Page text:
The age of the paintings in the cave has been an issue of dispute over the years ever since it was discovered back in 1994. Research, however, shows that there were two distinct periods of creation. The first occurred between 37,000 and 33,500 years ago. The second took place between 31,000 and 28,000 years ago. Contained in the cave are several dozens of animal paintings of over a dozen species of animals both predatory and herbivorous which were not found in other cave arts as at that time. There is also a painting of a volcano erupting which is on record to be the oldest known depiction of a volcanic eruption.
5. Colibaoia Cave
Dating back to 35,000 years, the Colibaoia cave is located in Romania. It is believed that the Gravettian and Aurignacian cultures may be chiefly responsible for the art contained in the cave. The most popular painting contained within the cave is the bison head drawings located on the right wall of the Art Gallery as well as a rhinoceros head drawing located at the left.
The art gallery contained within the cave measures about seven meters above the ground with most of the paintings on the ceilings. The paintings here are mainly of animal heads done in black charcoal. The first discovery of the cave was back in 1900 even though it was only fully investigated in 1981. The paintings were however only discovered in 2009 after which it was designated as a protected territory by the Romanian government.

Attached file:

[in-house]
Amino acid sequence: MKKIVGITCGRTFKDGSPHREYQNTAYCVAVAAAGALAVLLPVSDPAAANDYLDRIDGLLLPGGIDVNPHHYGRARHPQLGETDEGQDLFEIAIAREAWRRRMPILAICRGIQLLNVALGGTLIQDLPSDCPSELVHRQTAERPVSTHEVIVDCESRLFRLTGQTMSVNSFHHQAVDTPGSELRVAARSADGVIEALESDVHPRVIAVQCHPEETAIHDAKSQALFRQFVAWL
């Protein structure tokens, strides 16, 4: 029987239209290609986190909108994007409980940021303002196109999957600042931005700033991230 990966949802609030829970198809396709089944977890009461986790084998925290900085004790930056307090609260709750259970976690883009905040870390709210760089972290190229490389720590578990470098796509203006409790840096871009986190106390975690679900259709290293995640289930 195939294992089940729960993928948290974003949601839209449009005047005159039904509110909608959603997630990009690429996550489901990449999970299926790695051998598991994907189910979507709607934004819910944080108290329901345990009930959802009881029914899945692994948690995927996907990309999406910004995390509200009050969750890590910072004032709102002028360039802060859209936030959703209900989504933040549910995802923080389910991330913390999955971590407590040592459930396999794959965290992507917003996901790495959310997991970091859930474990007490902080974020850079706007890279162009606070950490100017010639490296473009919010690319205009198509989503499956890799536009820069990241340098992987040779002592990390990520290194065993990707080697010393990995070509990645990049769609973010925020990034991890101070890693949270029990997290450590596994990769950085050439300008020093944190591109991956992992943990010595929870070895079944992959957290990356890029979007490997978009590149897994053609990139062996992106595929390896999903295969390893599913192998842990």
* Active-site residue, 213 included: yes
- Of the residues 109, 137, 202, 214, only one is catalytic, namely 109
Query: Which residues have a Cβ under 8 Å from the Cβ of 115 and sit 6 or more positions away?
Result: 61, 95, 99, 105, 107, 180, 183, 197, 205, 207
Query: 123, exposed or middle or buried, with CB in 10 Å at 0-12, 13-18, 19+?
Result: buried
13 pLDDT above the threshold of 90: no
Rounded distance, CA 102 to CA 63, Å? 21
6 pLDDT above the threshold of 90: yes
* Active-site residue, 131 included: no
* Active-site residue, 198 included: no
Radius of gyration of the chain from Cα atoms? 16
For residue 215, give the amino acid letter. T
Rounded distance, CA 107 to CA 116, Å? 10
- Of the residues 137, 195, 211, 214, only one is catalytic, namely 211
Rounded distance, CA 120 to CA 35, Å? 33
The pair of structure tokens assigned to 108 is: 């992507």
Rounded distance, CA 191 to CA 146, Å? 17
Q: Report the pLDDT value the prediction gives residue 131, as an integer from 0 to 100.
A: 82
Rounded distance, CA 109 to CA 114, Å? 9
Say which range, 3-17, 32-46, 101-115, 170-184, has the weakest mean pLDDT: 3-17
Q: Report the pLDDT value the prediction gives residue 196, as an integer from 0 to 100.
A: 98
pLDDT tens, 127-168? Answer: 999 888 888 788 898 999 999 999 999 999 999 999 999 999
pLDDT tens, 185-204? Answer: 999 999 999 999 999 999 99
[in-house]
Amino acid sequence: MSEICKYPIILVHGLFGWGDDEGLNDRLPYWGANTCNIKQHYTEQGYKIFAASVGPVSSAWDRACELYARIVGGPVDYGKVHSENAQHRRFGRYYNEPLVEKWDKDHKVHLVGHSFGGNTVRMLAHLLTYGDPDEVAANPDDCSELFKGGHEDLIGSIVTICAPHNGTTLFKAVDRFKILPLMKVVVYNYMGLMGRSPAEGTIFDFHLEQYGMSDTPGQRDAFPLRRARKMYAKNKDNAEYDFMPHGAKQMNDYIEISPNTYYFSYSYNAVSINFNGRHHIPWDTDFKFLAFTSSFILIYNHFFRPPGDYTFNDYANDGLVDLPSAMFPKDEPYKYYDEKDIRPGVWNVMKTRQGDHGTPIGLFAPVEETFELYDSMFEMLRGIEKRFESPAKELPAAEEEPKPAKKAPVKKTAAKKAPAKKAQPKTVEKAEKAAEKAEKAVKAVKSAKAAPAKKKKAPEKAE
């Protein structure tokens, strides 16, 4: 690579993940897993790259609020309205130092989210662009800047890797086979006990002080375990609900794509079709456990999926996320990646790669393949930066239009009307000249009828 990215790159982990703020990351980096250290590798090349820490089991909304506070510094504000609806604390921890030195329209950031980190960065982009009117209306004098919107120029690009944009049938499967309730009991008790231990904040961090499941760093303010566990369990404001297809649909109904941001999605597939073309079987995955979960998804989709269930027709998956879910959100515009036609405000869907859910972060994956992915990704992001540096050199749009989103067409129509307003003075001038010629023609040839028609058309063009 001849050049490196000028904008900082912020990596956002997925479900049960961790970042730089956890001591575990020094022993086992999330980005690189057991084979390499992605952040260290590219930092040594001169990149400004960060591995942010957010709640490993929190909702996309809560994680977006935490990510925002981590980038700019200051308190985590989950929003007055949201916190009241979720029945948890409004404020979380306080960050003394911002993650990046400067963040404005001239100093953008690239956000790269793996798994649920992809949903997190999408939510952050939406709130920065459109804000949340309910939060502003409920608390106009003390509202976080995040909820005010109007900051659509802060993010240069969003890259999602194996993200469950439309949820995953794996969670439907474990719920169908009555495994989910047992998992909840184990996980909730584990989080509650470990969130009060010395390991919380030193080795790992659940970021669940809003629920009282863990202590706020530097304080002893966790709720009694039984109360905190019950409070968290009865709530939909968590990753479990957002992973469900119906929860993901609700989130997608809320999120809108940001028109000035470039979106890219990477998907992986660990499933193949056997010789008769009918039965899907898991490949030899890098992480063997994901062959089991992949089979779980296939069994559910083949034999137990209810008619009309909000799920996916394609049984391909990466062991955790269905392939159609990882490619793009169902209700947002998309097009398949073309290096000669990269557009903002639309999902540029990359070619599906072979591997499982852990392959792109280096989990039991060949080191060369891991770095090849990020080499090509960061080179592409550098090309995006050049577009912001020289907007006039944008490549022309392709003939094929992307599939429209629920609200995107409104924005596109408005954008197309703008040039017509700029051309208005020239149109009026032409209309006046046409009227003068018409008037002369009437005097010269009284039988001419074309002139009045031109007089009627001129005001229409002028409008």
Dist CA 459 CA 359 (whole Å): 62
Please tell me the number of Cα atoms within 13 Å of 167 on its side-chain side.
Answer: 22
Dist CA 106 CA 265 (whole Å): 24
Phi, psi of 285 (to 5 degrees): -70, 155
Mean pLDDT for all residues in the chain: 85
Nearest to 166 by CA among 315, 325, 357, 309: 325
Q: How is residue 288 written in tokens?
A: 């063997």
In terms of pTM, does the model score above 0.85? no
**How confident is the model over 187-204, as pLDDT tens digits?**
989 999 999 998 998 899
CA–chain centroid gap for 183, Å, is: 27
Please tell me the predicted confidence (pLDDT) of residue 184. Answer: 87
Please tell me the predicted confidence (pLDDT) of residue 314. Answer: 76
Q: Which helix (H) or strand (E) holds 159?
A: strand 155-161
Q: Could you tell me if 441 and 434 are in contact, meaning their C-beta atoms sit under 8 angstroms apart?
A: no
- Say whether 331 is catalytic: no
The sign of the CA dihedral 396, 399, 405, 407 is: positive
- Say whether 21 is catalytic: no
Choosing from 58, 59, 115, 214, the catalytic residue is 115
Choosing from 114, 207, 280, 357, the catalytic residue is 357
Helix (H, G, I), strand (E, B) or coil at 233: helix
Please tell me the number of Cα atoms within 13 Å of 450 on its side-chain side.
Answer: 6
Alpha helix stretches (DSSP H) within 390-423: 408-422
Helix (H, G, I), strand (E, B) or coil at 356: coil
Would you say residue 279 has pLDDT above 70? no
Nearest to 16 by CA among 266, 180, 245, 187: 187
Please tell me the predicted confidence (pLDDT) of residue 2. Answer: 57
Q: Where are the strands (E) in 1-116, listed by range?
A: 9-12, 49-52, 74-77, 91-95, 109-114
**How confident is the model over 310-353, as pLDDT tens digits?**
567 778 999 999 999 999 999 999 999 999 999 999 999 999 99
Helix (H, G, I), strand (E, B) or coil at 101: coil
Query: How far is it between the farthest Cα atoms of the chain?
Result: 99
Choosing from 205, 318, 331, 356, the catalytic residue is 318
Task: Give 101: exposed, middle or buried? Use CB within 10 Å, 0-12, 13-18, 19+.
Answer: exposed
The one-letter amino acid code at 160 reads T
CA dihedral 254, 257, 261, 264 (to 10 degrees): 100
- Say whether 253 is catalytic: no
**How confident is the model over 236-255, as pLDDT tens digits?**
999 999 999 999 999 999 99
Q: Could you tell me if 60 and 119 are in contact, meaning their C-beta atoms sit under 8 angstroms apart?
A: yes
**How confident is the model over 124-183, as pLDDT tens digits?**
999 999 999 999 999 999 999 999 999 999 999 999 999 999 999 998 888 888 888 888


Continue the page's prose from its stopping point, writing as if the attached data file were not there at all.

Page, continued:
A Few Interesting Cave Art Facts To Note
About 350 caves have so far been discovered in Spain and France which contain one form or the other of prehistoric evidence. The age of such paintings has been an issue of contention over some time because radiocarbon dating information can be quite misleading. This is especially if it is contaminated by newer or older materials. The earliest known figurative cave paintings are located in France. Cave paintings have also been discovered in Australia on the Arnhem Land plateau which indicates megafauna which is thought to have gone into extinction over 40,000 years ago.
Man has always been a lover of arts in different forms. The purpose of cave painting as explained in this piece depicts why man has always loved the arts. From all indications, discoveries will still be made regarding some of the hidden treasures of art scattered all over the world. But for now, we will keep celebrating the ones already found.
You May Like These Articles As Well: